A co-op placement while earning a math and computer science degree introduced Shannon Kot to the consulting world. A few years later, at the urging of her mentor, she chose to complement her skills with an MBA from Smith School of Business. In just seven years, Shannon had made partner at Deloitte — a feat she attributes not only to the knowledge she gained, but also to the leadership skills and confidence earned along the way.
By Hailey Eisen
Shannon Kot’s career path has taken her from an undergraduate degree in computer science, in 2008, to becoming a partner at Deloitte this past summer. Looking back, she attributes much of her success to mentors who helped her along the way.
The first was her mom. As Shannon explains: “[My mother] had been a computer science major in the 1980s, and I watched her career — from working in IT for an oil company, to working for the province of British Columbia in IT services, and finally to being named deputy minister in 2017.” (Shannon’s mom is Jill Kot, deputy minister at B.C.’s Ministry of Citizens’ Services.)
Following in her mother’s footsteps, Shannon took a computer science class in her first year at university. To her surprise, she loved it, and by her second year had started a co-op math and computer science degree. “I would say most of the professors knew my name,” Shannon recalls. “Perhaps that’s because I was really keen — but I also happened to be one of the few girls in the program.”
She did her final co-op placement at Deloitte in Toronto. There, she decided to pursue a career in consulting. She leapt at the chance to join Deloitte’s Technology Strategy and Architectures practice in Ottawa — a city, she notes, that is more comparable in size to her hometown of Victoria than Toronto.
It was in Ottawa where Shannon met her next mentor, Nousha Ram. Nousha would come to have an immeasurable impact on her career. “Within Deloitte, everyone is assigned a coach, and I was lucky to have Nousha, who provided a great deal of support and guidance,” Shannon recalls.
Critically, Nousha looked at Shannon’s background in computer science and technology and suggested that what Shannon needed was a stronger understanding of business. “She gave me a swift kick and said, ‘If you’re going to go back to school, now is the time.’ ”
Knowing she had Deloitte’s support, Shannon began to search for an MBA program that would be a good fit and allow her to get the most out of her investment. “I started applying to a few schools. But after visiting Queen’s and meeting the Smith administrative team, sitting in on classes and connecting with other students, I realized it was a perfect program for me. I didn’t bother finishing any of the other applications.”
“Looking back, I realize that the impact she had on me as a person and a professional was phenomenal. When you’re lucky enough to find a coach, or mentor, or sponsor who thinks you can take on the world — it’s a beautiful gift.”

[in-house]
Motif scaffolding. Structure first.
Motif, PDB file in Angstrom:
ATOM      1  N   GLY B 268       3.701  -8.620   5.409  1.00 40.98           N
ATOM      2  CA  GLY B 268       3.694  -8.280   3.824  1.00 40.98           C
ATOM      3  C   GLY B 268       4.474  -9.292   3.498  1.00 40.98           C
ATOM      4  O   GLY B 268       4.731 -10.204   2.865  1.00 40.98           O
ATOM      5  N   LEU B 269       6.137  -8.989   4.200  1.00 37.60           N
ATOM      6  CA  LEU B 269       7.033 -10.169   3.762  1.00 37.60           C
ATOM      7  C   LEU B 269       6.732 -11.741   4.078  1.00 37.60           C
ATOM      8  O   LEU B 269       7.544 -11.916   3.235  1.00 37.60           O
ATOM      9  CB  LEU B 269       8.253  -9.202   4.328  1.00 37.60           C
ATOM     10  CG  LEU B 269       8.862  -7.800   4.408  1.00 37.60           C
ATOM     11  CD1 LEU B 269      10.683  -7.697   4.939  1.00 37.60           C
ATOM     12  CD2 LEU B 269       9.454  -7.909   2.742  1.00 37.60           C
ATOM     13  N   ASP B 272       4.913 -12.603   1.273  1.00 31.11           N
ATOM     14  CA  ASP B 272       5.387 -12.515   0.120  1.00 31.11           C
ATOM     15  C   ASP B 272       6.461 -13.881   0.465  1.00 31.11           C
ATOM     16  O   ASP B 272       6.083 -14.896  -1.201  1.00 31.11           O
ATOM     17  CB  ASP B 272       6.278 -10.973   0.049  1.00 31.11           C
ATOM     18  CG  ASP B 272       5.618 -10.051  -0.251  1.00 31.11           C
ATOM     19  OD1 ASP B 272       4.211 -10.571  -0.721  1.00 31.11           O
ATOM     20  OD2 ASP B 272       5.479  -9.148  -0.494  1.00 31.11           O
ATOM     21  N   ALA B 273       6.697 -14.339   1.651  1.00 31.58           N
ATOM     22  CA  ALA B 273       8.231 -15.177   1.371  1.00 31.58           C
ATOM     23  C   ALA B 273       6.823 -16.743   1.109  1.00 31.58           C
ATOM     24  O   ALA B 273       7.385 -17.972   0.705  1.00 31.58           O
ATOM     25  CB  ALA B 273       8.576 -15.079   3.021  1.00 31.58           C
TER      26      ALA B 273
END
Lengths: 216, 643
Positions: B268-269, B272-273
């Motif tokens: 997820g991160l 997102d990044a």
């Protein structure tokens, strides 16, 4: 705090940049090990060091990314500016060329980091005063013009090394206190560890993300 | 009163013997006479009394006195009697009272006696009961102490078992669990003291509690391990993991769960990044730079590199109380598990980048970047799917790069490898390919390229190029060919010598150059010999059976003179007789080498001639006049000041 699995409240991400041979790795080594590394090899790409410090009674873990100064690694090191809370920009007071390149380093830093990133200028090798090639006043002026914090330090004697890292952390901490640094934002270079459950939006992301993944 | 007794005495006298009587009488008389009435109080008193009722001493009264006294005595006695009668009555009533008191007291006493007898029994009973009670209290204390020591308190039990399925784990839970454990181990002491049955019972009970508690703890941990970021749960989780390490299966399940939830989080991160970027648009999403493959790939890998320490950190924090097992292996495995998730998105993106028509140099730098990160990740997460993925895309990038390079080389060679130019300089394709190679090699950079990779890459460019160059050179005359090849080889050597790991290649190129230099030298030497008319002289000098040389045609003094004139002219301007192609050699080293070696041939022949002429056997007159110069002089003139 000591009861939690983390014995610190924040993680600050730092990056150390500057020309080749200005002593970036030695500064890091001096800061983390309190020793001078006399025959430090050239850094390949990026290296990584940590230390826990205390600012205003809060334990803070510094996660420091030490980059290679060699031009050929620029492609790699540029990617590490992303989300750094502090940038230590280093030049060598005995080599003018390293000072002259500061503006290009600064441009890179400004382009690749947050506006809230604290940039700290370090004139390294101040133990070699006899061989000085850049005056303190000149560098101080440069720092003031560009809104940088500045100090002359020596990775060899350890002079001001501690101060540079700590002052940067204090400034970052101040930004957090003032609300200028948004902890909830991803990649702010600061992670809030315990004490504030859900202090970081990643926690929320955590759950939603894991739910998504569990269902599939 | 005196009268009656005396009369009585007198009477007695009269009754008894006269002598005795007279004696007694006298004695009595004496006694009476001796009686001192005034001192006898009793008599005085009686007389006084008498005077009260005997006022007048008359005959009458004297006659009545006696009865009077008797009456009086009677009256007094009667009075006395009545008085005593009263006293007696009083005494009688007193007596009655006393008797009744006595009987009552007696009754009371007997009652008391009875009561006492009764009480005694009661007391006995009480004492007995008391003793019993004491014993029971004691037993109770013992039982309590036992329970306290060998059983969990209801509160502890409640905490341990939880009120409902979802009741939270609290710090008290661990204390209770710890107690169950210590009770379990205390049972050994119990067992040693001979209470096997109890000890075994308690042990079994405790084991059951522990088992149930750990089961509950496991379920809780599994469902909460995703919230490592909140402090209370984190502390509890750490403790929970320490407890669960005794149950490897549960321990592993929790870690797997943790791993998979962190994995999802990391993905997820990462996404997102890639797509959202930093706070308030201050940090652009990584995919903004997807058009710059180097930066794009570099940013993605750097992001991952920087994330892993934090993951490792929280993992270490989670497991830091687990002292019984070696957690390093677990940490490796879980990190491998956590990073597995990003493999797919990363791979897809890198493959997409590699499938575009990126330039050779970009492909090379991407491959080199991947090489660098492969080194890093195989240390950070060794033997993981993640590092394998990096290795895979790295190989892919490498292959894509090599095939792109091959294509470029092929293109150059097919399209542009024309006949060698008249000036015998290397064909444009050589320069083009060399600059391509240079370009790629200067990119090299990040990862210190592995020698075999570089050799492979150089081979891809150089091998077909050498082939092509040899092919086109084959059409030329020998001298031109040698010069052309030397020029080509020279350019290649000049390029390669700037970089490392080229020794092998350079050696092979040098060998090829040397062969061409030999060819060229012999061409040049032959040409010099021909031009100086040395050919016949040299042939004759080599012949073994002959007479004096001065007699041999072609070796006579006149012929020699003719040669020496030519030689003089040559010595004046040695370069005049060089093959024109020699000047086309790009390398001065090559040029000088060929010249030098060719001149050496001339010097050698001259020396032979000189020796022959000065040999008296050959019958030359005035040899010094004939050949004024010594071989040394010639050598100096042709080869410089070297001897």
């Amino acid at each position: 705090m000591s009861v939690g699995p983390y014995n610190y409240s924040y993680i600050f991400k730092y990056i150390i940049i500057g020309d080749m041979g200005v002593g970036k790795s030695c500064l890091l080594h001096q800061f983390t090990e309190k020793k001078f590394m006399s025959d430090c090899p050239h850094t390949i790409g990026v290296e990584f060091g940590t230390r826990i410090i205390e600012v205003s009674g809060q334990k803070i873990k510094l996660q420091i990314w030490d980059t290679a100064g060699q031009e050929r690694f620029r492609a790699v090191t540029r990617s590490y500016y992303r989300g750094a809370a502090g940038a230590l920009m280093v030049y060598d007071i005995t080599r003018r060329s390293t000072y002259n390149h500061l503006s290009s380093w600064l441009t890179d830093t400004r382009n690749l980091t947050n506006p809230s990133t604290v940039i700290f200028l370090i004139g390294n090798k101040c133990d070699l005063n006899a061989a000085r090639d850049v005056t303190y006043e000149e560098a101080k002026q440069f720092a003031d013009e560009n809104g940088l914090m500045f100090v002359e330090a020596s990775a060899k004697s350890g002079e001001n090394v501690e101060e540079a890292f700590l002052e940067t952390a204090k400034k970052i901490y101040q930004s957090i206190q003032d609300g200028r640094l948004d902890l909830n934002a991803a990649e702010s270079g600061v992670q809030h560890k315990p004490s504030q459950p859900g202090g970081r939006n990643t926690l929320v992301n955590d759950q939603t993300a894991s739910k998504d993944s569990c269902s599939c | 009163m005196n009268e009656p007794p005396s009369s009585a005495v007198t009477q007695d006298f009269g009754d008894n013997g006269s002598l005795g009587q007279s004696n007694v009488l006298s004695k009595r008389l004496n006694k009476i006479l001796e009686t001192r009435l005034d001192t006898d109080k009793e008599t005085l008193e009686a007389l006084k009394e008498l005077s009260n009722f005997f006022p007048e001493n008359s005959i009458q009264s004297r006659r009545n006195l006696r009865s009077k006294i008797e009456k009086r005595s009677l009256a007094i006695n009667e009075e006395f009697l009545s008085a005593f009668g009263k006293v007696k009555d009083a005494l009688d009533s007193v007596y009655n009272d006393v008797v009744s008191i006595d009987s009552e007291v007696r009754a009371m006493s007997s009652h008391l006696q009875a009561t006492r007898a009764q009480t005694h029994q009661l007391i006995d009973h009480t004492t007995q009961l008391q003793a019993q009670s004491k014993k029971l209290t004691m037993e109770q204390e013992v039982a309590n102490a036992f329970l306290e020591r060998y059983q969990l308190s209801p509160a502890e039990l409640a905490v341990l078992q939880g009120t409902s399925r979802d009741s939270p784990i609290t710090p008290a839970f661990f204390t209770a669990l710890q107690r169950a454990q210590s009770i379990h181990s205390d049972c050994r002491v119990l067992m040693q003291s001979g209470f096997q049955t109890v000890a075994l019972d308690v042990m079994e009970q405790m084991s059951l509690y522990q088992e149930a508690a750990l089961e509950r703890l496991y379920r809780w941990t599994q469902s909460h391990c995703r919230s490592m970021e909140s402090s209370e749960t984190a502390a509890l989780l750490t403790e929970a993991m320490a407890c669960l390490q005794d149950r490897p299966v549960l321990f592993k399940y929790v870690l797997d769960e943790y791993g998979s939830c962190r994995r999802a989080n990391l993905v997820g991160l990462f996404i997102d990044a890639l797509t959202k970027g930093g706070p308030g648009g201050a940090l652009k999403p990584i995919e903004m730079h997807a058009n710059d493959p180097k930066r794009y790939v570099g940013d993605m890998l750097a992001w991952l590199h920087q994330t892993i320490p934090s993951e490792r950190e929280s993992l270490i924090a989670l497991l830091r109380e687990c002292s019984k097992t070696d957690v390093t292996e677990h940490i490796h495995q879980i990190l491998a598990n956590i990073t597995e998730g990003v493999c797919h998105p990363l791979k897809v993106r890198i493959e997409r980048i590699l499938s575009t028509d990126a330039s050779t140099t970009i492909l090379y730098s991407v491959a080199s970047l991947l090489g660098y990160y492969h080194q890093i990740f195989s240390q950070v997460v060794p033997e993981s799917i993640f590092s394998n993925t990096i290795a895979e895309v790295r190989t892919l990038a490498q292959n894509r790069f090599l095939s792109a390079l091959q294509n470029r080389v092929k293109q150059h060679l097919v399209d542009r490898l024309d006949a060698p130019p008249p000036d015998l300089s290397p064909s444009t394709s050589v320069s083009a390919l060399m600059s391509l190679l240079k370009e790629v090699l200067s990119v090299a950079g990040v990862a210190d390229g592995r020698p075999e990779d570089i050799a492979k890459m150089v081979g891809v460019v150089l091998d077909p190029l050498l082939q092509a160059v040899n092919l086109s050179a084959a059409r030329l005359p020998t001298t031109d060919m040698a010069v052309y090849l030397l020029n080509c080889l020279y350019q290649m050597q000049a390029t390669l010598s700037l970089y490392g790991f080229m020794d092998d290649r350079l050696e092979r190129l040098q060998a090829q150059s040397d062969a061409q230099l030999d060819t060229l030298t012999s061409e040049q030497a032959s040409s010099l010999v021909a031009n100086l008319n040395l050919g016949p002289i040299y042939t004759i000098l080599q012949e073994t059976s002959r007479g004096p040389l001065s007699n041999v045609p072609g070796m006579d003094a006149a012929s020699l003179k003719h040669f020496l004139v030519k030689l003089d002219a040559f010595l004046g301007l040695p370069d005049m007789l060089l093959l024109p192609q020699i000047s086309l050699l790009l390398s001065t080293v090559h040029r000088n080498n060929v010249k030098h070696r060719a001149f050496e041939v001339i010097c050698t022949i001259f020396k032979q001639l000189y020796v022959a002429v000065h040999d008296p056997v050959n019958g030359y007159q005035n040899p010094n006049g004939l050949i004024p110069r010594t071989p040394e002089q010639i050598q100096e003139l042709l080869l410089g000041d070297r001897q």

Going back to school gave Shannon the opportunity to develop her business knowledge and leadership skills. “It was also an opportunity to step back and look at who I was as a professional, who I wanted to be as a leader and coach, and how to develop the confidence required to get to where I wanted to be professionally.”
At Smith, Shannon had the opportunity to work with people from a variety of backgrounds, including a number of mentors and coaches. And she garnered the skills and confidence to coach others on her team. “I learned to provide candid feedback when necessary, something I had always struggled with,” she recalls.
Here, a fellow student and member of her team was especially helpful. “He had been a high school teacher prior to doing his MBA, and was far more experienced navigating conflict and confrontation than I was,” she says. “These skills came naturally to him, so he would coach me on how to handle different situations, which helped me as a leader a great deal.”
Shannon says the MBA program and the year away from work did wonders for her confidence. It helped her solidify plans to return to Deloitte upon graduation, in 2012, and to work toward making partner.
Now that she’s achieved that goal, Shannon is happy to enjoy the moment — at least for the time being. “When I made partner, I felt very proud that I had reached something I knew I wanted to achieve. I also felt, and still feel, a great responsibility to those who helped me get here. I want to make Nousha proud and I’m eager to help develop the next generation of leaders.”
Her advice for others is simple. “The earlier you can start to know yourself better, the better off you’ll be,” she says. “Begin by asking yourself questions, such as: Do you understand the value you can contribute? Do you understand your own values? Finding clarity in those areas helps improve decision making and helps you solidify your ‘North Star.’ ”
Sadly, Shanon’s mentor at Deloitte, Nousha, passed away a few years ago. Says Shannon, “Looking back, I realize that the impact she had on me as a person and a professional was phenomenal. When you’re lucky enough to find a coach, or mentor, or sponsor who thinks you can take on the world — it’s a beautiful gift.”
MBA students at Smith School of Business build their leadership capacities through the school’s innovative team-based learning model and are supported by dedicated team, life, and executive coaches. Learn more here.